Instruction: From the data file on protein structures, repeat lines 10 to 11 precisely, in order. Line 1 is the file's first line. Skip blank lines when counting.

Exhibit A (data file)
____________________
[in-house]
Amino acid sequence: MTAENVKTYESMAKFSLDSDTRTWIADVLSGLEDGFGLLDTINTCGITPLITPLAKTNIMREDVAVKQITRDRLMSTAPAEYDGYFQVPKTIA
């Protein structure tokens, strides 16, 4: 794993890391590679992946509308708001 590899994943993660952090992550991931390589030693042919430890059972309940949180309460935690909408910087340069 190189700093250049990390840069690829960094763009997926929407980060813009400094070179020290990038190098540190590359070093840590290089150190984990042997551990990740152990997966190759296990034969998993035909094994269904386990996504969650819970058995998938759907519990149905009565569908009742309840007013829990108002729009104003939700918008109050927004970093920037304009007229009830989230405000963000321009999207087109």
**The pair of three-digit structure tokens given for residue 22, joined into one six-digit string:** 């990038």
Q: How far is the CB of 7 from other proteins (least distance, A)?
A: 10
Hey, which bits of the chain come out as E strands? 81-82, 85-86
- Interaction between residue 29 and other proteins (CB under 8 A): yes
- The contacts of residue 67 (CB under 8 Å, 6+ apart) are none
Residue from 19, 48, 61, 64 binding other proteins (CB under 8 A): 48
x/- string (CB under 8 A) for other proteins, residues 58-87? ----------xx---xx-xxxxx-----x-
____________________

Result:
Residue from 19, 48, 61, 64 binding other proteins (CB under 8 A): 48
x/- string (CB under 8 A) for other proteins, residues 58-87? ----------xx---xx-xxxxx-----x-